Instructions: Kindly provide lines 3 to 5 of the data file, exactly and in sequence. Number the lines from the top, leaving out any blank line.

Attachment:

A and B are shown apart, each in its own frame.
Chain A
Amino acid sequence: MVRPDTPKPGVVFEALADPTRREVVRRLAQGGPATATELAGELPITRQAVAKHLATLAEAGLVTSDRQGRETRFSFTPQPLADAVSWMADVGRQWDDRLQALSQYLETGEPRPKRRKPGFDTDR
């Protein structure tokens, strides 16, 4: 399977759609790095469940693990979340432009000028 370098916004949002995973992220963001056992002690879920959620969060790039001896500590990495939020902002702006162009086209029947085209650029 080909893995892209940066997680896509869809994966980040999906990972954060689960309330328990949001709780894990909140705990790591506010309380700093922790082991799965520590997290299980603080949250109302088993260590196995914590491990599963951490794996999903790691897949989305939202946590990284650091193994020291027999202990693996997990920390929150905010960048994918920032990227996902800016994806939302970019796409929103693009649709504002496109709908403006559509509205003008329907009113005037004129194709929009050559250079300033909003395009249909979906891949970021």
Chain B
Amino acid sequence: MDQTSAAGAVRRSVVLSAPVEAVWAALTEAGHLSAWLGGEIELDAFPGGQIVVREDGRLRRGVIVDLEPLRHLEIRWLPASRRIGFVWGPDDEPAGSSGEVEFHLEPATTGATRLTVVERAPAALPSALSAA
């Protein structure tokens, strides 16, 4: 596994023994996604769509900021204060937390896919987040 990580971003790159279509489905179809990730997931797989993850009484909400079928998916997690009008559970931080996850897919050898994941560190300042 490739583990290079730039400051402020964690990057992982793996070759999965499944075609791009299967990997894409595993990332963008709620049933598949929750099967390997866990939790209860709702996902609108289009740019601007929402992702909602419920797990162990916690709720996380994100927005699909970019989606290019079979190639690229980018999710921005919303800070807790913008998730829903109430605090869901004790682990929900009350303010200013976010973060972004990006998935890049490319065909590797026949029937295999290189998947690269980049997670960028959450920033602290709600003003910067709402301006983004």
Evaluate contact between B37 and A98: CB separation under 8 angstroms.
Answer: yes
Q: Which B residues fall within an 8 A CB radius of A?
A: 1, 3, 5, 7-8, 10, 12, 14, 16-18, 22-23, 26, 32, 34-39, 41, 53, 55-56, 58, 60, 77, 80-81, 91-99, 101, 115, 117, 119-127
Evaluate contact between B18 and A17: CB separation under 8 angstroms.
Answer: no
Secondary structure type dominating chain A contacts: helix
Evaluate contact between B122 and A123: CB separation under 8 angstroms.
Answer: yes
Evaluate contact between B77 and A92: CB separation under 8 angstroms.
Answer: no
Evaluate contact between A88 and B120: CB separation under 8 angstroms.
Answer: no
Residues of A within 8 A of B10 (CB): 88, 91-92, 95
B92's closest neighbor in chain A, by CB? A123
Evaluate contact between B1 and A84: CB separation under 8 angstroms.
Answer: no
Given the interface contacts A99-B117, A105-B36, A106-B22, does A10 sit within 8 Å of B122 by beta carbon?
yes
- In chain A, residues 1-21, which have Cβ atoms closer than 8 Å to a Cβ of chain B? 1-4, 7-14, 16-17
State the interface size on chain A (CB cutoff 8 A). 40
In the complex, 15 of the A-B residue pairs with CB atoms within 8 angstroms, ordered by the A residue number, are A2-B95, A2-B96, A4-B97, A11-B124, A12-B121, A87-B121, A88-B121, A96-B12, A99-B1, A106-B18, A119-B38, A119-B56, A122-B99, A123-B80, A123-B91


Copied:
Amino acid sequence: MVRPDTPKPGVVFEALADPTRREVVRRLAQGGPATATELAGELPITRQAVAKHLATLAEAGLVTSDRQGRETRFSFTPQPLADAVSWMADVGRQWDDRLQALSQYLETGEPRPKRRKPGFDTDR
């Protein structure tokens, strides 16, 4: 399977759609790095469940693990979340432009000028 370098916004949002995973992220963001056992002690879920959620969060790039001896500590990495939020902002702006162009086209029947085209650029 080909893995892209940066997680896509869809994966980040999906990972954060689960309330328990949001709780894990909140705990790591506010309380700093922790082991799965520590997290299980603080949250109302088993260590196995914590491990599963951490794996999903790691897949989305939202946590990284650091193994020291027999202990693996997990920390929150905010960048994918920032990227996902800016994806939302970019796409929103693009649709504002496109709908403006559509509205003008329907009113005037004129194709929009050559250079300033909003395009249909979906891949970021």
Chain B